Case Report ARTICLE
Tetralogy of Fallot With Right Aortic Arch and Retro-Aortic Innominate Vein
- 1East Midlands Congenital Heart Center, Glenfield Hospital, Leicester, United Kingdom
- 2Cardiovascular Research Center, University of Leicester, Leicester, United Kingdom
Right aortic arch (RAA) and retro-aortic innominate vein are rare vascular anomalies. Diagnosis of these anatomical variations can be achieved using fetal echocardiography, post-natal echocardiography, and computed tomography scan. RAA can form a vascular ring when associated with other vascular anomalies which may compress the trachea and/or esophagus. On the other hand, the existence of retro-aortic innominate vein can influence the clinical decision-making and surgical strategy. We report a rare occurrence of both RAA and retro-aortic innominate vein in a 3 months old girl with a prenatal diagnosis of tetralogy of Fallot and include details of her presentation and successful management.
Right aortic arch (RAA) and retro-aortic innominate vein are both rare vascular anomalies, generally associated with other congenital heart defects (CHD), predominantly tetralogy of Fallot (1–4). When isolated, RAA does not usually produce symptoms in patients. However, when co-existing with other vascular anomalies, it may result in respiratory symptoms owing to compression of the trachea (5, 6). The retro-aortic innominate vein also does not cause symptoms on itself but has significance when performing cardiac surgery for palliation or repair of CHD (2).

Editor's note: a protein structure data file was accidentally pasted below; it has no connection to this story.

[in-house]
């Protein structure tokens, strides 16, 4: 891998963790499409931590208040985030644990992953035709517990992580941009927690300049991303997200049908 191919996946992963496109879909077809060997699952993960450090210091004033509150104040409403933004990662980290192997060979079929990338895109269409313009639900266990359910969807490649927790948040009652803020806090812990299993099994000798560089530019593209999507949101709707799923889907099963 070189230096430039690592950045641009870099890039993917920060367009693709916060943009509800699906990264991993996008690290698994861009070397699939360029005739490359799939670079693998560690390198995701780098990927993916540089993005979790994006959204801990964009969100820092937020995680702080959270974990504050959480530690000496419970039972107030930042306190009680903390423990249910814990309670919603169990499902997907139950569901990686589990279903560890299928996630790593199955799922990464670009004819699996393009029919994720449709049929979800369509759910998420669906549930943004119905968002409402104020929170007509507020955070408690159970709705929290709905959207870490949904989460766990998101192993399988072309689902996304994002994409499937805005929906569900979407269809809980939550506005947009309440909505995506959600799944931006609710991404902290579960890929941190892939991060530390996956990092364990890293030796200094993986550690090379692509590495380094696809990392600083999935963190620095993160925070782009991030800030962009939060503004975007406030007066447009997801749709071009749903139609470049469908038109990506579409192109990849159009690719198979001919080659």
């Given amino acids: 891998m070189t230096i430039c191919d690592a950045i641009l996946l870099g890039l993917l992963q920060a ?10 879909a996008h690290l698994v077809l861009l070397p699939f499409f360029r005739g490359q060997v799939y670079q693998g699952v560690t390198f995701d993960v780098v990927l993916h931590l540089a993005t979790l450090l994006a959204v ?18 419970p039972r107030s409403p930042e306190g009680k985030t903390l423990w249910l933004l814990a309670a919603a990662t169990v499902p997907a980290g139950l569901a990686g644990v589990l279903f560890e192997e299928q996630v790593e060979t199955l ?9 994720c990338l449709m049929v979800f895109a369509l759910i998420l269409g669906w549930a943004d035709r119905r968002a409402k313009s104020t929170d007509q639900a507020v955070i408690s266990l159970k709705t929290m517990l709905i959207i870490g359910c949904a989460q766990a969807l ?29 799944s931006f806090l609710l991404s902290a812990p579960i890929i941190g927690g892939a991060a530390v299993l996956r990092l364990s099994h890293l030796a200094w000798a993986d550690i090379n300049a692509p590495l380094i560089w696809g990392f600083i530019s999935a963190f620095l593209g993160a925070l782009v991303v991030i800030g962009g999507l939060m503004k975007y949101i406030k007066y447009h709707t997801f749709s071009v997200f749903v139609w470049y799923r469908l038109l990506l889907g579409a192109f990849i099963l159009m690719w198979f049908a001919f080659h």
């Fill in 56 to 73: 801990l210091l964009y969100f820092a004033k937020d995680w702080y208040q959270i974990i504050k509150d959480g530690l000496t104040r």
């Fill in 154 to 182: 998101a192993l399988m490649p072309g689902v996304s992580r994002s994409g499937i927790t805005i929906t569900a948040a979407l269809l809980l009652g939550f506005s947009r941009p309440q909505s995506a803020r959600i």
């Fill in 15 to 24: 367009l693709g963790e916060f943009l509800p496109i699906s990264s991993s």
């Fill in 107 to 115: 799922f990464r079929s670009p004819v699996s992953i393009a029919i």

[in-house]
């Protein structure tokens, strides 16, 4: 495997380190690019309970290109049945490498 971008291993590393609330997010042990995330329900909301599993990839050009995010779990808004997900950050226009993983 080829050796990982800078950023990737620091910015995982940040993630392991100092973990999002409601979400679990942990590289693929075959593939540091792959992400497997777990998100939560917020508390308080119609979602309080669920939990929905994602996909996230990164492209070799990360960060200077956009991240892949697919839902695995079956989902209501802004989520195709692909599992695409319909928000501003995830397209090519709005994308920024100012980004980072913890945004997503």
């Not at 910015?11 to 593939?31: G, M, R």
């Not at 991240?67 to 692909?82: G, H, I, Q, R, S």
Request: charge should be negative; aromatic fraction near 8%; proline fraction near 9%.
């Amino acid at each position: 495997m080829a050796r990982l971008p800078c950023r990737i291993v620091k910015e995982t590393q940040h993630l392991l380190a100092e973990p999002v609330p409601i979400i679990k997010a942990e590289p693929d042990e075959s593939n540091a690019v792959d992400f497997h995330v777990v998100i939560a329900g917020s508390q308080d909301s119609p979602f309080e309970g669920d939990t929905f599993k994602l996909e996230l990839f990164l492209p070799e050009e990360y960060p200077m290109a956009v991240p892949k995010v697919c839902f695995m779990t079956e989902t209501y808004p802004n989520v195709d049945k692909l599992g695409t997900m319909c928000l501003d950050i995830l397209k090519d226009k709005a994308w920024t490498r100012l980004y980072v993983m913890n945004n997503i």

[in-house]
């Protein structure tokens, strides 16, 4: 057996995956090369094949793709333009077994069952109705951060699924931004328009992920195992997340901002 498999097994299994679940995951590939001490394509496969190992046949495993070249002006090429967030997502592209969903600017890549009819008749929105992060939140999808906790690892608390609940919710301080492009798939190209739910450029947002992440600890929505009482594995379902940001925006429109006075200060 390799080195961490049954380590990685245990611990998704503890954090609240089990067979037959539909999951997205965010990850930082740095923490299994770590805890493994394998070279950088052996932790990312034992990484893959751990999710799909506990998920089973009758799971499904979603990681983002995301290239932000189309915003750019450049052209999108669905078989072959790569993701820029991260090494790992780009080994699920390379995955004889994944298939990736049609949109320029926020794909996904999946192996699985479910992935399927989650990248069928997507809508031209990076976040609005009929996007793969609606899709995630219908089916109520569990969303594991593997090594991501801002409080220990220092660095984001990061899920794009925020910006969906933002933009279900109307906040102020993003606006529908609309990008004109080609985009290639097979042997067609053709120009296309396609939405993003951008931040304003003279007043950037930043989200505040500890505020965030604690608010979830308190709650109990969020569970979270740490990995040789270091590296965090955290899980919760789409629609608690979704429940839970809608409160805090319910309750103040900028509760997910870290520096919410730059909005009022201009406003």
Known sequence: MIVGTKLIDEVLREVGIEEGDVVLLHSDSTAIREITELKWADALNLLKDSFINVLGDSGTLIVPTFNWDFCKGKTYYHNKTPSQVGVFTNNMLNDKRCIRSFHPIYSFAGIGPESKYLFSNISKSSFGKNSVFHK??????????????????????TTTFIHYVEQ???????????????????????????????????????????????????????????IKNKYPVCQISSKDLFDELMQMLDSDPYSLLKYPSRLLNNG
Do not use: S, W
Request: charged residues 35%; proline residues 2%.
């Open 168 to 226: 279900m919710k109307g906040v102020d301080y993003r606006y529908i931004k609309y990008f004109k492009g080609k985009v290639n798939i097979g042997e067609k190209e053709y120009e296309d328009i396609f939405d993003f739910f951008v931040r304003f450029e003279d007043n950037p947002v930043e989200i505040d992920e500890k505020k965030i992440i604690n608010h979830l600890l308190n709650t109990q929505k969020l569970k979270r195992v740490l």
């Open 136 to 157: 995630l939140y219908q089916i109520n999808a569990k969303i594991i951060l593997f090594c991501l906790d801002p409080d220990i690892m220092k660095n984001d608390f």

A 3 months old girl with a background of antenatally diagnosed CHD presented to outpatient department clinic with central cyanosis and significant inconsolable agitation. On examination, no murmurs were audible and oxygen saturation was shown to be between 48 and 66%. Immediate management was initiated with knee-to-chest positioning, intravenous fluid and morphine administration. This episode lasted for about 15 min.
The history revealed that this infant was born to a pair of non-consanguineous afro-Caribbean parents and was diagnosed antenatally in the second trimester with tetralogy of Fallot, followed by intrauterine growth restriction in the third trimester. Her birth was unremarkable, with vaginal delivery at term, weight 2.45 kg and APGAR scores of 9. Her genetic analysis showed a normal karyotype with no evidence of 22q11 deletion. Her baseline oxygen saturation was around 95% on room air and she had a grade 4/6 ejection systolic murmur.
After hospital admission for her first cyanotic spell, she was commenced on oral beta blockers and her oxygen saturations stabilized between 85 and 90% on room air, without any further hypoxic spells during her stay. She was then discharged home. Subsequently, she was re-admitted to hospital with recurrence of cyanosis and she suffered from multiple cyanotic spells daily over the course of this second hospital stay. These spells increased in frequency and length proportional to the length her stay; the longest spell lasting for more than 30 min. Despite medical management with posture adjustment, morphine use, fluid boluses and incremental increase in beta blockade (up to 2 mg/kg/dose), she did not show any improvement. In a span of a week, her baseline oxygen saturation had dropped from 85 to 70%; and oxygen saturation during a cyanotic spell was as low as 40%.